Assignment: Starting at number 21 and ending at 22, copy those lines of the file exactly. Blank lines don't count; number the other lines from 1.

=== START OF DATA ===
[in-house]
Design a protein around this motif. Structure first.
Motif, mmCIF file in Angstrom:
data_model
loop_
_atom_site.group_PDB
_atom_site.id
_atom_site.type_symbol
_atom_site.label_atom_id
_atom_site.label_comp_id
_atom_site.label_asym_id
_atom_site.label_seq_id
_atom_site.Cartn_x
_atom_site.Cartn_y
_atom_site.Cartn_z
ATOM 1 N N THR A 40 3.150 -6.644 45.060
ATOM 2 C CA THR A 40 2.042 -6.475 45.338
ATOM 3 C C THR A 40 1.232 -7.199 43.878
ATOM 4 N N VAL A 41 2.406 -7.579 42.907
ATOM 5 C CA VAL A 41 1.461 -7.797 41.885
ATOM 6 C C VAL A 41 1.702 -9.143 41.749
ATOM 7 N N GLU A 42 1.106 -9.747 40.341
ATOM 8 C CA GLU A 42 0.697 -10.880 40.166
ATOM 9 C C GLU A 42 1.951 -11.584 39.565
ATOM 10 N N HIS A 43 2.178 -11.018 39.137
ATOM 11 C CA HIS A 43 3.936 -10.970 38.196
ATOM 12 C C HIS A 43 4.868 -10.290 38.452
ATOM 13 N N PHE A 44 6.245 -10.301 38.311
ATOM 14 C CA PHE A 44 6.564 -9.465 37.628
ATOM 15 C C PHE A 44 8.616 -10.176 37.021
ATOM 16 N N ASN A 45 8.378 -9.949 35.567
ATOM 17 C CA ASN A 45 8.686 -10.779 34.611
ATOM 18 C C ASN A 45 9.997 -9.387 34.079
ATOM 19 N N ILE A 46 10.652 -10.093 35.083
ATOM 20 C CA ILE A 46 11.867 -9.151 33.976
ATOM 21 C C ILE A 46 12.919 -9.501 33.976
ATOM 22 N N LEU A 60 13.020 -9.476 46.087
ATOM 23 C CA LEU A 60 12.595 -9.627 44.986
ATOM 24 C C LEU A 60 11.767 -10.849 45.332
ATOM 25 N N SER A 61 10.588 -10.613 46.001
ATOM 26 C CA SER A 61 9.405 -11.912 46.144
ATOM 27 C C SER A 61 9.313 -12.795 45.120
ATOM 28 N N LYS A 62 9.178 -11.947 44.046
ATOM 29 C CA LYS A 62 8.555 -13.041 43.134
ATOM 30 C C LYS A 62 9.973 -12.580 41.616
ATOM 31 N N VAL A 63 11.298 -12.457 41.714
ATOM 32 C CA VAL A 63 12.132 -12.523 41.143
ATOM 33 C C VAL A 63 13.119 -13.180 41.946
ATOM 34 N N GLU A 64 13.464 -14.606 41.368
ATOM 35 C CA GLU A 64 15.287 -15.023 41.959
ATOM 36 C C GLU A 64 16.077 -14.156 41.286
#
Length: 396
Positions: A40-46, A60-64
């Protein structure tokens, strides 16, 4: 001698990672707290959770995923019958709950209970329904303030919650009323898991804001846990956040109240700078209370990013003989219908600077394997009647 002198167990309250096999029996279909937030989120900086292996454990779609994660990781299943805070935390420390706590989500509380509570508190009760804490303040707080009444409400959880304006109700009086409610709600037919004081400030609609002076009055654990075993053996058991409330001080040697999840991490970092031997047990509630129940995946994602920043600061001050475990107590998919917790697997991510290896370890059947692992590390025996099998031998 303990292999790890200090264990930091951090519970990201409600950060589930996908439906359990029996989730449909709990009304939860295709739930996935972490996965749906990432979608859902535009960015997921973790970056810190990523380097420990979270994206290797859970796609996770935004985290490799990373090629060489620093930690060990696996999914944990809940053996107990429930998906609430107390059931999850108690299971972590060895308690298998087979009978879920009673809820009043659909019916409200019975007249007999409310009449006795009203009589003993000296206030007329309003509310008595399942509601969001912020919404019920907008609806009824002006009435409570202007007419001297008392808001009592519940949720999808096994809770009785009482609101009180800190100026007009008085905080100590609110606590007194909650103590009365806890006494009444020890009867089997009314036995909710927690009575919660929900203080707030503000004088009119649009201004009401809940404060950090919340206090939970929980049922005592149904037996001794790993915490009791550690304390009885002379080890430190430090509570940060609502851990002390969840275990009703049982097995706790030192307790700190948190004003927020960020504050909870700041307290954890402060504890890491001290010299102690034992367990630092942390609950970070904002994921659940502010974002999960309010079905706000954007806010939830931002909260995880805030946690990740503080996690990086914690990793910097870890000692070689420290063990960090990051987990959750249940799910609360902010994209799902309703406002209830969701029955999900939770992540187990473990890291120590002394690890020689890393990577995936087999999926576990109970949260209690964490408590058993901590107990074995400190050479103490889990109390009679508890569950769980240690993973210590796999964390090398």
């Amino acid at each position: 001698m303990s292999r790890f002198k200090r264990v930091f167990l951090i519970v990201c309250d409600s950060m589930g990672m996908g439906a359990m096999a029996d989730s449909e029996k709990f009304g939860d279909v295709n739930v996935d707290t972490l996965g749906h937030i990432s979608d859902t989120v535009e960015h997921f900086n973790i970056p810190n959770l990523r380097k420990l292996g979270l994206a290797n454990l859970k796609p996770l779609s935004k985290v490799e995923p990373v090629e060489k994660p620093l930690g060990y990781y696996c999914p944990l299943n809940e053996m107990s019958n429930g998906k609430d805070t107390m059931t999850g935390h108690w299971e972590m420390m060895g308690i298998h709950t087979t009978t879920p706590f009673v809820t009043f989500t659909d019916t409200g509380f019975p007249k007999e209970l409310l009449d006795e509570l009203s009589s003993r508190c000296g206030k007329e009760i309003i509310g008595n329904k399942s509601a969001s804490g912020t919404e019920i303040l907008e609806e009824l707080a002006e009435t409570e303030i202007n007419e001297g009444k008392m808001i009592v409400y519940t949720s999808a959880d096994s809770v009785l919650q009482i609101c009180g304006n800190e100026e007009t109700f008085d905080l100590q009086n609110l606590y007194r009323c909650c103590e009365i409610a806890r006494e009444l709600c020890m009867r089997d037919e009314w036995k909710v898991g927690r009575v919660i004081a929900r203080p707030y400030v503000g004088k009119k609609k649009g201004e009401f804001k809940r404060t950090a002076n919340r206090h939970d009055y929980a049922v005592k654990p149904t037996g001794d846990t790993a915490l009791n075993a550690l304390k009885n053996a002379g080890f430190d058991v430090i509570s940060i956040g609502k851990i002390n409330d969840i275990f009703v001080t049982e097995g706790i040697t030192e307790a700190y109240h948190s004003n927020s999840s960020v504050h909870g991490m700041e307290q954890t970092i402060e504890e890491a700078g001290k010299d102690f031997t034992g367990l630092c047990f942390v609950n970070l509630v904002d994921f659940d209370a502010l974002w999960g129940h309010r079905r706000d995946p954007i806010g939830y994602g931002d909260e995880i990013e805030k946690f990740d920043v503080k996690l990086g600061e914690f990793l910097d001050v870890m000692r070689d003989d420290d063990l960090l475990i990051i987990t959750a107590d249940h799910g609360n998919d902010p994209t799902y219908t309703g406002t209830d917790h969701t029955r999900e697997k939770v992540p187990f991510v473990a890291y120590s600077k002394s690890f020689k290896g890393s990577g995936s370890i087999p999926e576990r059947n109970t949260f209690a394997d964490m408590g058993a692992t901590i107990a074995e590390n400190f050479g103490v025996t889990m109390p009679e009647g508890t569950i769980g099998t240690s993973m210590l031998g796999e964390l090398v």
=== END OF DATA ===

ATOM 6 C C VAL A 41 1.702 -9.143 41.749
ATOM 7 N N GLU A 42 1.106 -9.747 40.341